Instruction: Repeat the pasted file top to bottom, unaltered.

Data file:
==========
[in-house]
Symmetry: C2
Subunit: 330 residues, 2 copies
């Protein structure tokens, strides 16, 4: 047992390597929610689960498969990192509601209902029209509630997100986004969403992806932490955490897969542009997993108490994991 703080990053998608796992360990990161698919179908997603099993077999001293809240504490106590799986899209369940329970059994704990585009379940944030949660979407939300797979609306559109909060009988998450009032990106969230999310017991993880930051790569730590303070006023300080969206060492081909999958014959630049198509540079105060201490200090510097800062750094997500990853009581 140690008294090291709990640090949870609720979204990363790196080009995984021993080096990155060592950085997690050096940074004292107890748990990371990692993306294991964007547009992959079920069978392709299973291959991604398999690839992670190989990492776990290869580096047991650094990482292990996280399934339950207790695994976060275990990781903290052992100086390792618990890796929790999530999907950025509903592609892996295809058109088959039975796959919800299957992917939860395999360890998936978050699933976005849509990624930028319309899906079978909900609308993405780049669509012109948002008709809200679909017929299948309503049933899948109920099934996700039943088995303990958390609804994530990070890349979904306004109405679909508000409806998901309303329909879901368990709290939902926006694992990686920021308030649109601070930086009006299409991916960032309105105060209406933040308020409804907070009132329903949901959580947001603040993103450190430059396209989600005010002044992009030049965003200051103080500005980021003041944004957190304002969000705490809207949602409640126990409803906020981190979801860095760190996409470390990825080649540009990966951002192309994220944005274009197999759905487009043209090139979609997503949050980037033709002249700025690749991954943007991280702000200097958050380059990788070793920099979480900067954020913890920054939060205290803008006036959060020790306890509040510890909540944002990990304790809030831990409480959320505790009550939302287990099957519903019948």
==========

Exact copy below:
[in-house]
Symmetry: C2
Subunit: 330 residues, 2 copies
């Protein structure tokens, strides 16, 4: 047992390597929610689960498969990192509601209902029209509630997100986004969403992806932490955490897969542009997993108490994991 703080990053998608796992360990990161698919179908997603099993077999001293809240504490106590799986899209369940329970059994704990585009379940944030949660979407939300797979609306559109909060009988998450009032990106969230999310017991993880930051790569730590303070006023300080969206060492081909999958014959630049198509540079105060201490200090510097800062750094997500990853009581 140690008294090291709990640090949870609720979204990363790196080009995984021993080096990155060592950085997690050096940074004292107890748990990371990692993306294991964007547009992959079920069978392709299973291959991604398999690839992670190989990492776990290869580096047991650094990482292990996280399934339950207790695994976060275990990781903290052992100086390792618990890796929790999530999907950025509903592609892996295809058109088959039975796959919800299957992917939860395999360890998936978050699933976005849509990624930028319309899906079978909900609308993405780049669509012109948002008709809200679909017929299948309503049933899948109920099934996700039943088995303990958390609804994530990070890349979904306004109405679909508000409806998901309303329909879901368990709290939902926006694992990686920021308030649109601070930086009006299409991916960032309105105060209406933040308020409804907070009132329903949901959580947001603040993103450190430059396209989600005010002044992009030049965003200051103080500005980021003041944004957190304002969000705490809207949602409640126990409803906020981190979801860095760190996409470390990825080649540009990966951002192309994220944005274009197999759905487009043209090139979609997503949050980037033709002249700025690749991954943007991280702000200097958050380059990788070793920099979480900067954020913890920054939060205290803008006036959060020790306890509040510890909540944002990990304790809030831990409480959320505790009550939302287990099957519903019948």